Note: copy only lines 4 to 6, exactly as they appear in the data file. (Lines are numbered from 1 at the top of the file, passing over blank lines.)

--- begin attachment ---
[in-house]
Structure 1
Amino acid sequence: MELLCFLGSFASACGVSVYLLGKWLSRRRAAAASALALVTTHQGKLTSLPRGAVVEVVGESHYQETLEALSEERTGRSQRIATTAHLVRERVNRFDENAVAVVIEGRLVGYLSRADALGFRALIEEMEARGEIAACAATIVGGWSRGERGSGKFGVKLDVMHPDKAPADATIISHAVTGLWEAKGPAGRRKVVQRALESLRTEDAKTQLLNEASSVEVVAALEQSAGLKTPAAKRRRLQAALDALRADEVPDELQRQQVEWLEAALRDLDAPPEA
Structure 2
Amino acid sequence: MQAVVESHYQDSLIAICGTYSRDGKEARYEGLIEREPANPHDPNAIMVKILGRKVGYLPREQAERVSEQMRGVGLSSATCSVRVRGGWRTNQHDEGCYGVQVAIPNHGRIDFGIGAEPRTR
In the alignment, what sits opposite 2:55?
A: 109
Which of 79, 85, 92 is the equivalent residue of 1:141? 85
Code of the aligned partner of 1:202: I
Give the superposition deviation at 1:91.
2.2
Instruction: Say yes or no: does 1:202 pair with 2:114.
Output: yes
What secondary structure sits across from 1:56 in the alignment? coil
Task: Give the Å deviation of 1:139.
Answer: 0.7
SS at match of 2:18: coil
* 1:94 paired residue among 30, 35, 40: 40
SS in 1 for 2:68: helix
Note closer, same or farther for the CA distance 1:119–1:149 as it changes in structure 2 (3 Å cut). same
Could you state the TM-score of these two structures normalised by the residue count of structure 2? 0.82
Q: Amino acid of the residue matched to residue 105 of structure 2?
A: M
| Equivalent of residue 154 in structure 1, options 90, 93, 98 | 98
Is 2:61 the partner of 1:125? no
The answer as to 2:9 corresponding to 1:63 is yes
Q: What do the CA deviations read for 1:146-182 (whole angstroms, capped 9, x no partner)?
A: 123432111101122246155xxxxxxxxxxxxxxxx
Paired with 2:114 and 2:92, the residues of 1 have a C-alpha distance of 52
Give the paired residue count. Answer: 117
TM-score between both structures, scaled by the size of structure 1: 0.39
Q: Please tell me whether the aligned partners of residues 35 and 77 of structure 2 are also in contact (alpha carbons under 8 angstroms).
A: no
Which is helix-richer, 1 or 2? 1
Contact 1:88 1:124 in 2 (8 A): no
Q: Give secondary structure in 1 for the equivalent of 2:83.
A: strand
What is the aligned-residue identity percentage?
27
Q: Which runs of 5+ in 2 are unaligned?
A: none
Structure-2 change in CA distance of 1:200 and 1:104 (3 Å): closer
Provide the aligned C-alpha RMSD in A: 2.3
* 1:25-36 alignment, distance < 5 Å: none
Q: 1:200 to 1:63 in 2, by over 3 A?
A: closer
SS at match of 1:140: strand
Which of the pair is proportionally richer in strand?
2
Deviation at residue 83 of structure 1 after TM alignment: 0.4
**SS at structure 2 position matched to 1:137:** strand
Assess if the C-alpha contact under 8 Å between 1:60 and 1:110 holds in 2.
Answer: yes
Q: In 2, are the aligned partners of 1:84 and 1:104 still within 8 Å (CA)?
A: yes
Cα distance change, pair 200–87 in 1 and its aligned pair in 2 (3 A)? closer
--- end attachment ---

Structure 2
Amino acid sequence: MQAVVESHYQDSLIAICGTYSRDGKEARYEGLIEREPANPHDPNAIMVKILGRKVGYLPREQAERVSEQMRGVGLSSATCSVRVRGGWRTNQHDEGCYGVQVAIPNHGRIDFGIGAEPRTR
In the alignment, what sits opposite 2:55?